It’s Thursday and you know what that means. The initial jobless claims number reported last week was adjusted upward, as is the norm these days, so the number “only” increased by 10,000 to 354,000. That’s still more than economists predicted.
Initial claims for state unemployment benefits increased 10,000 to a seasonally adjusted 354,000, the Labor Department said on Thursday. Claims for the prior week were revised to show 4,000 more applications received than previously reported.
Economists polled by Reuters had expected first-time applications to hold steady at 340,000 last week.
A Labor Department analyst said claims for five states, including Virginia, Minnesota and Oregon, were estimated since state offices had less time to prepare data because of the national holiday on Monday.
This could have the distorted the readings, making last week’s claims a less useful gauge of labor market trends. (Read More)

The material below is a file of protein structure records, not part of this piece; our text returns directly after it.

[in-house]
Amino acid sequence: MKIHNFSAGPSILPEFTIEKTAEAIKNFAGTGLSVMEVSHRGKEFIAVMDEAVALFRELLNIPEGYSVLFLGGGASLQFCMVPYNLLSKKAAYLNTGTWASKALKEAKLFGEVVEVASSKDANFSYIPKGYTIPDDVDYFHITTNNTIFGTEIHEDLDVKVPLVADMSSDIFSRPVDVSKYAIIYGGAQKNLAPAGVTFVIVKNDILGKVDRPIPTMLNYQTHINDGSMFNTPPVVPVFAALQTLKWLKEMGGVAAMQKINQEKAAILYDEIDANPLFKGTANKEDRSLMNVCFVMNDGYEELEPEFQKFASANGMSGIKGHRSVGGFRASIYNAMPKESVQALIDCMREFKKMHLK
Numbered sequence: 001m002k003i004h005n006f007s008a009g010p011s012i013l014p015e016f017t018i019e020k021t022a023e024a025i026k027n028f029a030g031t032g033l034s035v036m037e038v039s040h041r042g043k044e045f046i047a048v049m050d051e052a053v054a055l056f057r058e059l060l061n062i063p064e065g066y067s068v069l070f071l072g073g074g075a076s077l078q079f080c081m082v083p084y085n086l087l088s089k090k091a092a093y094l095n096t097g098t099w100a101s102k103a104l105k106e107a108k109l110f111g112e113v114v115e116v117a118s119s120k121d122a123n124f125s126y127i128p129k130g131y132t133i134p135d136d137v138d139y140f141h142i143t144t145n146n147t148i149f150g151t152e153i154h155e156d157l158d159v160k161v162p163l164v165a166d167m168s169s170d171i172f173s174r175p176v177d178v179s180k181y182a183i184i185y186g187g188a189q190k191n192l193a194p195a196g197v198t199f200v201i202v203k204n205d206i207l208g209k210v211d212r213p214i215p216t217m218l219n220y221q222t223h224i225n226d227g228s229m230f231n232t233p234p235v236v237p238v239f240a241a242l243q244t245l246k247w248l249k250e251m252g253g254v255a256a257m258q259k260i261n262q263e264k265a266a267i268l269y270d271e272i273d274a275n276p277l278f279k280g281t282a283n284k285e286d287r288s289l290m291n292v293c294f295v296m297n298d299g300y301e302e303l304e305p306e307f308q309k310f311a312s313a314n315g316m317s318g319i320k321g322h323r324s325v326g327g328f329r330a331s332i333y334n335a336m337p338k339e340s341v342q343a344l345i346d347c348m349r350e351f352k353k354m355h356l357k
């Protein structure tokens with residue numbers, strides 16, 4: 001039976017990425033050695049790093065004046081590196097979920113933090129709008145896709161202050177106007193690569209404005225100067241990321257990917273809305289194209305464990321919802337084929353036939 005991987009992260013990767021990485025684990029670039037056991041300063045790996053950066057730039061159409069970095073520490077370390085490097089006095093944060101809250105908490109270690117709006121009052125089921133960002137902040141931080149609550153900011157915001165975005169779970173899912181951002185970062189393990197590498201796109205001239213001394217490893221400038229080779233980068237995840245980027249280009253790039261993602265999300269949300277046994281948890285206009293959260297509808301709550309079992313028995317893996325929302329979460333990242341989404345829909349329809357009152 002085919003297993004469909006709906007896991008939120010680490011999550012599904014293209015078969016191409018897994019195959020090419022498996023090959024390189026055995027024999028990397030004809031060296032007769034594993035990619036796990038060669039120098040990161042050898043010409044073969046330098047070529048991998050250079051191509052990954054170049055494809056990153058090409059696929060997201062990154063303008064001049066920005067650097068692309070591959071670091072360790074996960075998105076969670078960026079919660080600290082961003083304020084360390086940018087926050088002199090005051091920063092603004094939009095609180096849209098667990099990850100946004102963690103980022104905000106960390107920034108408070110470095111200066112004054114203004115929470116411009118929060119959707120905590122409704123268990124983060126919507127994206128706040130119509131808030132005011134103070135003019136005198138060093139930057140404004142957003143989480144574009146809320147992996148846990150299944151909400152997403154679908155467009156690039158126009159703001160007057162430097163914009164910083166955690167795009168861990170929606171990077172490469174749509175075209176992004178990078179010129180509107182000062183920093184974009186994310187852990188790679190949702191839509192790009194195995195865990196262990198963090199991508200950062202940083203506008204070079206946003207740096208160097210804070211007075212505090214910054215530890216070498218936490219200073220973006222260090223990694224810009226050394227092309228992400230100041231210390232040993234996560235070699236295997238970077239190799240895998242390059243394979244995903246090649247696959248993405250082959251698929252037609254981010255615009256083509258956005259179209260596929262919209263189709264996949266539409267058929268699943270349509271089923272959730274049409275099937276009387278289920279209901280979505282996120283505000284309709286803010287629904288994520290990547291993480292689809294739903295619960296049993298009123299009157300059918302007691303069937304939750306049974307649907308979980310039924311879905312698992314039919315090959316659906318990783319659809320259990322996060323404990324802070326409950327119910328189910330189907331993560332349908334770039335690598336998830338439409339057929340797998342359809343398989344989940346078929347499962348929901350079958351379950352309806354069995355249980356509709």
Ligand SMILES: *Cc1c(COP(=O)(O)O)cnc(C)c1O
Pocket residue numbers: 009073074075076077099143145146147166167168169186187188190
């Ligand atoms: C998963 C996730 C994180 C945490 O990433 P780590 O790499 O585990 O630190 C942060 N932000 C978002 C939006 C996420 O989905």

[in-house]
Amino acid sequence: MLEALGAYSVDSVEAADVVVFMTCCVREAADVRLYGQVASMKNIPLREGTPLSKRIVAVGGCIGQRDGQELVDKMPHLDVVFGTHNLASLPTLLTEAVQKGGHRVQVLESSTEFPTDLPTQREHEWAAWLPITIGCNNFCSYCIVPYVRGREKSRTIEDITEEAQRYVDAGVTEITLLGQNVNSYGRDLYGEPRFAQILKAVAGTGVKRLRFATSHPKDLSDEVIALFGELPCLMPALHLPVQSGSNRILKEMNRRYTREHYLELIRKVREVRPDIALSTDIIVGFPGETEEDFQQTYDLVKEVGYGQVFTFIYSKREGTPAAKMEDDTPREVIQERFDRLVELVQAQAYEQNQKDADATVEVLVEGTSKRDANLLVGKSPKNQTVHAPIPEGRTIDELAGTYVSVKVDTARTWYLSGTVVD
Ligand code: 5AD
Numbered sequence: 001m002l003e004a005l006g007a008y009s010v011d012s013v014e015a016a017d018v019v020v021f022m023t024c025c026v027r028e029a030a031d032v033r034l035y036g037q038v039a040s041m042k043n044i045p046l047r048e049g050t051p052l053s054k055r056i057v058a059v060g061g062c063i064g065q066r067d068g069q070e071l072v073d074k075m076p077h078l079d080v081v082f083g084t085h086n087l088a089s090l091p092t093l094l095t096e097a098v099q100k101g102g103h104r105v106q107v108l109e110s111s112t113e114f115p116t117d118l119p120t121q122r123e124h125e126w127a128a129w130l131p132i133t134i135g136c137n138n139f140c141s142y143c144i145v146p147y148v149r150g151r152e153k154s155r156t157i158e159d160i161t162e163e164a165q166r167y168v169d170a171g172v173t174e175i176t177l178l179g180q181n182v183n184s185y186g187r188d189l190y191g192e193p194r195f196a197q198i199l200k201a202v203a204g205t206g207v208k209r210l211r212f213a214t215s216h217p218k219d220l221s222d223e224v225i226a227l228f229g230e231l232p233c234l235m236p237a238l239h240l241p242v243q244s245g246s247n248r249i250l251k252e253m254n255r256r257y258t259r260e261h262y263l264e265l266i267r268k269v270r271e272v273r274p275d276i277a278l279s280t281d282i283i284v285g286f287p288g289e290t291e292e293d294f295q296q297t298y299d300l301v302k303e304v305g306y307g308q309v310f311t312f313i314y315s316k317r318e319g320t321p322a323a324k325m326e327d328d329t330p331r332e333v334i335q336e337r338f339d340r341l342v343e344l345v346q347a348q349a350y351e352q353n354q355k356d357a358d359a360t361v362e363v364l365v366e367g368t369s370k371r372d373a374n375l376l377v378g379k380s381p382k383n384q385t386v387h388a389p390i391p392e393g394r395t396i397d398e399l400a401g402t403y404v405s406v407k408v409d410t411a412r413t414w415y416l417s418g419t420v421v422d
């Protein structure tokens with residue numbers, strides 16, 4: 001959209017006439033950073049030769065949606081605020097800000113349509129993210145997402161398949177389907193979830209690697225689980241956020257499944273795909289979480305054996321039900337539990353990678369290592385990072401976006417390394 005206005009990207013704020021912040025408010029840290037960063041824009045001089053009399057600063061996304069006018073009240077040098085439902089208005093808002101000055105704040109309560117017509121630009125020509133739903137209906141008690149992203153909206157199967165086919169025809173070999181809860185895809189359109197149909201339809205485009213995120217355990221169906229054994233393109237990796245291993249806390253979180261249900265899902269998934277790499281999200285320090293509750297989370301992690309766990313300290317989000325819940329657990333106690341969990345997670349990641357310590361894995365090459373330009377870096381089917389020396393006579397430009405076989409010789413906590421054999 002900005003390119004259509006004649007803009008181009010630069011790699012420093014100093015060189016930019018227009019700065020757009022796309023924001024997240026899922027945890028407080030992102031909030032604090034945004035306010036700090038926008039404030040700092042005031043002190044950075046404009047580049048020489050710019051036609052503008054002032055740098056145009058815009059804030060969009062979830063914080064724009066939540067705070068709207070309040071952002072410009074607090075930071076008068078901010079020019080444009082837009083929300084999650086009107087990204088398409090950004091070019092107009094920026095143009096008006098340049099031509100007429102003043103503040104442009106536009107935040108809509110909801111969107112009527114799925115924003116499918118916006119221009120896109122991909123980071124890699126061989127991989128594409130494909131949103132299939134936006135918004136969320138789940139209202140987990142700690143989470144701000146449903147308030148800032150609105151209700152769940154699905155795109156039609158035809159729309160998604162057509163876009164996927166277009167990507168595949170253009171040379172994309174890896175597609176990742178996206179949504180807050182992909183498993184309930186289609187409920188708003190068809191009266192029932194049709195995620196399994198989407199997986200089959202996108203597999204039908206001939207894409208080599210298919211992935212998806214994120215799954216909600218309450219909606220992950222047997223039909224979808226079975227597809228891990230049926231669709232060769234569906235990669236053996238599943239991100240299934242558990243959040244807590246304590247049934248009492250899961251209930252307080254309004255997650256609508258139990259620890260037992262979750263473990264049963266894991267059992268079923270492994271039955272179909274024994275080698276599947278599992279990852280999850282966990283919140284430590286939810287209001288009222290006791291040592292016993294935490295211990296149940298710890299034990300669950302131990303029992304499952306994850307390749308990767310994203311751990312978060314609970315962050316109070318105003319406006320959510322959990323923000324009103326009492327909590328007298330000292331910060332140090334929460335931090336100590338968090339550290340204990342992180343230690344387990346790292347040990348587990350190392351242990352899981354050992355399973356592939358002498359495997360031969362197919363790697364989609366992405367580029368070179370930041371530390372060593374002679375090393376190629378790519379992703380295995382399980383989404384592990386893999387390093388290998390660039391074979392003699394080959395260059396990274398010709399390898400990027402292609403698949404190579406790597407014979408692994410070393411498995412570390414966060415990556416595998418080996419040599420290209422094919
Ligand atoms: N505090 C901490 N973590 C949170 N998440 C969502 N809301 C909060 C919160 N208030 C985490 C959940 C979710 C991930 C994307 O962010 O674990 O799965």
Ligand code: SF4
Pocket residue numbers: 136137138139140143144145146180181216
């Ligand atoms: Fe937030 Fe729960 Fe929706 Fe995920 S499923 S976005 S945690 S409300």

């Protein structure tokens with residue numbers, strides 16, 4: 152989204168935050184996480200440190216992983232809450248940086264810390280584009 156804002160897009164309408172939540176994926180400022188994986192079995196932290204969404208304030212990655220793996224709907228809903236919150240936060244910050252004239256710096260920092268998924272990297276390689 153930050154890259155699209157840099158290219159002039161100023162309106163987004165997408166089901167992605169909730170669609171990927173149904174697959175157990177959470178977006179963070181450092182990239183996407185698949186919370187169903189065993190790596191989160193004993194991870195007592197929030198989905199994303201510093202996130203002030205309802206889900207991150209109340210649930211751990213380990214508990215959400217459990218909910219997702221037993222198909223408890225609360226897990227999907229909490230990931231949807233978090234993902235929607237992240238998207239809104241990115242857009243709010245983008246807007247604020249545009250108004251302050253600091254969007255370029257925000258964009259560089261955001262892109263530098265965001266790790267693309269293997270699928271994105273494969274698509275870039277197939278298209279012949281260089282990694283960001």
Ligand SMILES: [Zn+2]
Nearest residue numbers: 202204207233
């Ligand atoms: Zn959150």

As usual, the above isn’t the only bad economic news this week.
Just when there was some concern that the US economy was no longer imploding at the usual pace, we get confirmation that nothing is actually better, following the one-two punch of weaker than expected Q1 revised GDP data, printing at 2.4% on expectations of an unchanged 2.5% print driven by a revision in Private Inventories (from 1.03% to 0.63% of total GDP, offset by a plunge in imports sliding from -0.9% to -0.32%). Personal Consumption posted a tiny increase from 2.24% to 2.40% which can only mean the consumer overextended themselves in Q1 – perhaps it is about time to ask the question of how consumption in the “sequester” and tax-hike quarter was the highest since Q4 2010. (Read More)
Ah well, at least Ben Bernanke still has an excuse to keep on pumping so investors should be happy for now.